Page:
MORNING NEWS BRIEF: 29 APRIL
PICTURE OF THE DAY
A worker paints over a mural of the jailed opposition leader Alexei Navalny. Russia's government has ordered opposition leader Alexey Navalny's political organization to shut down, at least for now. The fierce critic of President Vladimir Putin just ended a three-week hunger strike in a Russian prison.
What do closer Russia-Pakistan ties mean for the region?
The Russian foreign minister’s recently concluded visit to South Asia heralds a new era in Russia’s South Asian policy. Russia and India are strategic partners; while Moscow was once Pakistan’s predominant security concern. But the geostrategic developments in the last decade or so have resulted in a global strategic realignment. A change in Russia’s South Asian policy is also visible. New alliances are being developed which would likely have serious implications for regional security and strategic stability. Before regional security implications are analysed, it is important to assess what has compelled this change in regional strategic orientation. To deconstruct the change in Russia’s South Asian policy, two important components require analysis.
India grieves 200,000 dead, with likely many more uncounted
Three days after his coronavirus symptoms appeared, Rajendra Karan struggled to breathe. Instead of waiting for an ambulance, his son drove him to a government hospital in Lucknow, the capital of India’s largest state of Uttar Pradesh. But the hospital wouldn’t let him in without a registration slip from the district’s chief medical officer. By the time the son got it, his father had died in the car, just outside the hospital doors. “My father would have been alive today if the hospital had just admitted him instead of waiting for a piece of paper,” Rohitas Karan said. Stories of deaths tangled in bureaucracy and system failure have become dismally common in India, where deaths on Wednesday officially surged past 200,000. But the figure is likely far lower than the true count.
China pushes defence ties with Bangladesh, Sri Lanka
China’s Minister of Defence Wei Fenghe, visiting Bangladesh and Sri Lanka this week, has called on countries in the neighbourhood to resist “powers from outside the region setting up military alliances in South Asia”. General Wei’s comments in Dhaka on Tuesday came amid a push back from Chinese officials on the India-U.S.-Australia-Japan Quad grouping, which some in Beijing have described as a quasi-military alliance.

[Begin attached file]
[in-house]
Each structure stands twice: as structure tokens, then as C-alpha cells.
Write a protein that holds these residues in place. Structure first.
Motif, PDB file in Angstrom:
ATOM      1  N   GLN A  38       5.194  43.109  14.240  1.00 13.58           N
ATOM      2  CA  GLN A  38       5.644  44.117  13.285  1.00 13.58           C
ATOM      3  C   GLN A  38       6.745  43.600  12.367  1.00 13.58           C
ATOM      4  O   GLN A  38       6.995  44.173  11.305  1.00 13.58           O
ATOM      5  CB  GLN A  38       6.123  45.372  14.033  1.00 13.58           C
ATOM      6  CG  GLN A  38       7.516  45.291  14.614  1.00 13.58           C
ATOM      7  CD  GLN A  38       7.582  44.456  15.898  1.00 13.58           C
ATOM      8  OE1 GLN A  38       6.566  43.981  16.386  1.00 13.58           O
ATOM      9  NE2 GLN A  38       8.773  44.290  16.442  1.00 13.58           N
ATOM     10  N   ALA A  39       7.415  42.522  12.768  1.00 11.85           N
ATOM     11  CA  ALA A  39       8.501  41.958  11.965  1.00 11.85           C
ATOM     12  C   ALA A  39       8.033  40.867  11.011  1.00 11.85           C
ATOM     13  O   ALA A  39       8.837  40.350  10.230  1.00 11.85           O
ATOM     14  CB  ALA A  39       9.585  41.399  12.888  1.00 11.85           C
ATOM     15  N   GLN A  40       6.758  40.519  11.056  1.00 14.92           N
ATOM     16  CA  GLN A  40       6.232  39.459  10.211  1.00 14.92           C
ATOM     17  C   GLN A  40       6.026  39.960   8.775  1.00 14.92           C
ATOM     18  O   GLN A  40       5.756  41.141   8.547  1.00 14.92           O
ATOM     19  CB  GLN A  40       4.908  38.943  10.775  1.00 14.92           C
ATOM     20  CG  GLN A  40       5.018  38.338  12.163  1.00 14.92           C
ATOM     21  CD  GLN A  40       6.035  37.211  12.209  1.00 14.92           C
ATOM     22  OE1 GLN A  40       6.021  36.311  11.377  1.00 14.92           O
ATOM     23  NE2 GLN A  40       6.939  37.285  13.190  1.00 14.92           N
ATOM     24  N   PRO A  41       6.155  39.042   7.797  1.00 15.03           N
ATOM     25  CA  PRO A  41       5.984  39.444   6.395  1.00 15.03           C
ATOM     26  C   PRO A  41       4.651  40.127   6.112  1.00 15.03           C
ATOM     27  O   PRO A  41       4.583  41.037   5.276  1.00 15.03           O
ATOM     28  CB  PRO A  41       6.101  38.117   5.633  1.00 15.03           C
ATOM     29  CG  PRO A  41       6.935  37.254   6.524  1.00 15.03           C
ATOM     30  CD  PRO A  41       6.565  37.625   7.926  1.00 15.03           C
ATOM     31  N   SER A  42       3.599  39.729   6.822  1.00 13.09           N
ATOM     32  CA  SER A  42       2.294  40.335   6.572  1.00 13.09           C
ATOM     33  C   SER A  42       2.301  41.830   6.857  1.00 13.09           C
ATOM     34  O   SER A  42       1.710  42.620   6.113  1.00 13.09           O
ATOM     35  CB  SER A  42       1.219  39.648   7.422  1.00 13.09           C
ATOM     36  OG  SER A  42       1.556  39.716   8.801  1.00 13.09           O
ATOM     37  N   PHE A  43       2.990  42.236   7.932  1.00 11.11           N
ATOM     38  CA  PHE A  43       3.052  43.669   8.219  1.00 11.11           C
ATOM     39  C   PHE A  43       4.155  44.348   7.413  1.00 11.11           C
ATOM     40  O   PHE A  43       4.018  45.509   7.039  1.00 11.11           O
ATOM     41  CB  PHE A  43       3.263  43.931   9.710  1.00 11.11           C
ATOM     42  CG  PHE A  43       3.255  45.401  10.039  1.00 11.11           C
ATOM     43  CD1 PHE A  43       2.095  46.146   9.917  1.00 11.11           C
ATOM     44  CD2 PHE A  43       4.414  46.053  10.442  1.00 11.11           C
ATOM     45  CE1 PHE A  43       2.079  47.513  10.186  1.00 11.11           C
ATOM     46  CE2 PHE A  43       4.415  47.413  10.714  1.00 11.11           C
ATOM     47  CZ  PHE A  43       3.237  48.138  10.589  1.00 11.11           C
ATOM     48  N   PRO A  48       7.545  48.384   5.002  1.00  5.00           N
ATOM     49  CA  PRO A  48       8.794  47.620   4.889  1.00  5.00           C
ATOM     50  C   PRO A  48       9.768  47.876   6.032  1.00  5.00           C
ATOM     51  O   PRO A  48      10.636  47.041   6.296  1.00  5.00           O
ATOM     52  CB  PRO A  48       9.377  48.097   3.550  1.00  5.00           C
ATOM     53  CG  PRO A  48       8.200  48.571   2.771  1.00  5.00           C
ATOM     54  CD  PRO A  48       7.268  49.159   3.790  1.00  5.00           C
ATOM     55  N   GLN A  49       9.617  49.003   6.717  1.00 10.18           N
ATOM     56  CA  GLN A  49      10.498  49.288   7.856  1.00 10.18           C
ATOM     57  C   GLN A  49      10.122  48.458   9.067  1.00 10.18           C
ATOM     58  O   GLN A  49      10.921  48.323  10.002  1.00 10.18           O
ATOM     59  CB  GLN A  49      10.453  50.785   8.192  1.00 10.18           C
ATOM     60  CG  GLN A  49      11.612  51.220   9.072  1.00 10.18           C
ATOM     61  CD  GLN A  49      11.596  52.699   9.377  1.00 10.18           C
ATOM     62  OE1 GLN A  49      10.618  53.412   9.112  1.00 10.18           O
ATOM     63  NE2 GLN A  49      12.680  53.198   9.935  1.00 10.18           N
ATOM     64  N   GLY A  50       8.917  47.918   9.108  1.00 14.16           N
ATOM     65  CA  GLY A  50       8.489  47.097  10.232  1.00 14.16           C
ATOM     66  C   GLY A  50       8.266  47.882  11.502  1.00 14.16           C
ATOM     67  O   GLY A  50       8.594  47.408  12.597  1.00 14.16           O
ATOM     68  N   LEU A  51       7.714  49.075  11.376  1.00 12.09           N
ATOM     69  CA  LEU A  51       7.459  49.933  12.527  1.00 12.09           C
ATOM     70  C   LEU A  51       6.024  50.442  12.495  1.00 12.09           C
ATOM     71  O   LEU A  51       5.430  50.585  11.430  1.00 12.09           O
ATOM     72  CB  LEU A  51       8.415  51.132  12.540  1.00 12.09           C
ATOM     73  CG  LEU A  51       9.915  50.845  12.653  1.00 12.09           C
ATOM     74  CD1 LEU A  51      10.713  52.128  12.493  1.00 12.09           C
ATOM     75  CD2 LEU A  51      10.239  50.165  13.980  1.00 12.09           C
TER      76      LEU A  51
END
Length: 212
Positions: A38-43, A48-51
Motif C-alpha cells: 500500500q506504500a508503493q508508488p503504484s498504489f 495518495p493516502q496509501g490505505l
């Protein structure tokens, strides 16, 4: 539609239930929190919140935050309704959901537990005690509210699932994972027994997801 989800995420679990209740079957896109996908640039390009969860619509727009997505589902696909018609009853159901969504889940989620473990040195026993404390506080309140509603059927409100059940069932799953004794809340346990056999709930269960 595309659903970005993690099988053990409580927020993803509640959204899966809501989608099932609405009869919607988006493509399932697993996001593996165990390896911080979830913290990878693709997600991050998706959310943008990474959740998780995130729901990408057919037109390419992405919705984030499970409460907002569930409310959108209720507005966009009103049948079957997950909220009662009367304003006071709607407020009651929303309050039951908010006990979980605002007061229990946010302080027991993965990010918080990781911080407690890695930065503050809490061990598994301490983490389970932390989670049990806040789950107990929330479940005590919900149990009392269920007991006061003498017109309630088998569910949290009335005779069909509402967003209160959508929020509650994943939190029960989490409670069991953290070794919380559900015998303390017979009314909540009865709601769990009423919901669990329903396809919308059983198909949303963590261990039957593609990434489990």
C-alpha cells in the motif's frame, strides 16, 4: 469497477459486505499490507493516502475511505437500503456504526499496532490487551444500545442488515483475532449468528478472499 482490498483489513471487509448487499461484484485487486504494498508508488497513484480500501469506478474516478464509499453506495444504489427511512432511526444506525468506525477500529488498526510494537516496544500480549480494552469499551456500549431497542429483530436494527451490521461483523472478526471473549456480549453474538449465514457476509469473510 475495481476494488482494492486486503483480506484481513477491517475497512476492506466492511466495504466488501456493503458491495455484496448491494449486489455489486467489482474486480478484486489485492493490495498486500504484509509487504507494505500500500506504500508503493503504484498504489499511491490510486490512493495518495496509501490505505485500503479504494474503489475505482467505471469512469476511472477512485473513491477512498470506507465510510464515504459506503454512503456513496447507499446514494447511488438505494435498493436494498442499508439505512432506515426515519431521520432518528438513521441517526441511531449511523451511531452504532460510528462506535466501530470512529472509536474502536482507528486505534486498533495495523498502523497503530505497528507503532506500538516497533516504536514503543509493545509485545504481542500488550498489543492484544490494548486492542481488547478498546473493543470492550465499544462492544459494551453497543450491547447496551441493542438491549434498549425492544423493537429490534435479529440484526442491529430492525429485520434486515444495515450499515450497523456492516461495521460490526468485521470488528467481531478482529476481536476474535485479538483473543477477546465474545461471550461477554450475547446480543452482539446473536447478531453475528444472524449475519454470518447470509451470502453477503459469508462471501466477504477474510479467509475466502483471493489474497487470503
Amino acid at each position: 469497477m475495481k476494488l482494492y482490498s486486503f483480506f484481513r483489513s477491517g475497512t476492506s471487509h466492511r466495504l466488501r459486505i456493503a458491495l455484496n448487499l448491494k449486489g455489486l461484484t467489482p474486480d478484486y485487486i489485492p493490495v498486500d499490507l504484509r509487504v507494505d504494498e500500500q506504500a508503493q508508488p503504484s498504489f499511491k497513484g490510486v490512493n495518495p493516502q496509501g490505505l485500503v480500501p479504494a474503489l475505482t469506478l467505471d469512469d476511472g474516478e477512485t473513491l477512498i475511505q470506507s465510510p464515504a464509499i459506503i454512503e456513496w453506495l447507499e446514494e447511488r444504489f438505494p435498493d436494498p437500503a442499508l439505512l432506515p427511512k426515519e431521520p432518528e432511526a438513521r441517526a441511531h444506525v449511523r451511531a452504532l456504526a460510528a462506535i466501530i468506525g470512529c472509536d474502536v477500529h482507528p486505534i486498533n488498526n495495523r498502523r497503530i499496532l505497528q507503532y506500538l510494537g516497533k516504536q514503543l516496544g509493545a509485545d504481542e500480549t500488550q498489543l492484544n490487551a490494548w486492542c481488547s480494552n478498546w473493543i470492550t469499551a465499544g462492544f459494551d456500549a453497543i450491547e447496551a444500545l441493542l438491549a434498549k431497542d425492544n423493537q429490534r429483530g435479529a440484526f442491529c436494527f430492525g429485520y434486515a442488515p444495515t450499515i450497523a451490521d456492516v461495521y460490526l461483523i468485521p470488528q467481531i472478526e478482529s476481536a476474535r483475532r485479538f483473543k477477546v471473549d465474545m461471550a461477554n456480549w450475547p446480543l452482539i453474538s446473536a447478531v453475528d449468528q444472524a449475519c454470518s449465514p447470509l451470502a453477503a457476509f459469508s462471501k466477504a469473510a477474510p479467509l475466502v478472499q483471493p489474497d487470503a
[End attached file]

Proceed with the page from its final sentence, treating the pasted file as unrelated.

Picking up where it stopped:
Severe wave in India reveals Quad’s hypocrisy in combating COVID-19
The attitude of the other three Quad countries to the raging COVID-19 epidemic in India has shocked and disappointed both Indians and the world. This was even after the Biden administration announced it would ship 60 million doses of vaccine to other countries including India. At the first summit of Quad leaders, they stated that, "Quad partners are working collaboratively to achieve expanded manufacturing of safe and effective COVID-19 vaccines at facilities in India." What they considered at that time was India's commercial value and manufacturing capability. When India's vaccine production is affected by the epidemic, it is natural for the other three countries - the US, Japan and Australia - to fear an obligatory relationship with India or bear the consequences of India's losses. Unfortunately, Washington does not uphold the concept of a community with shared future for mankind. But it fears that the epidemic in India could eventually bring disasters to the US itself. So it first declined to help India, then eventually chose to export vaccines under great international pressure.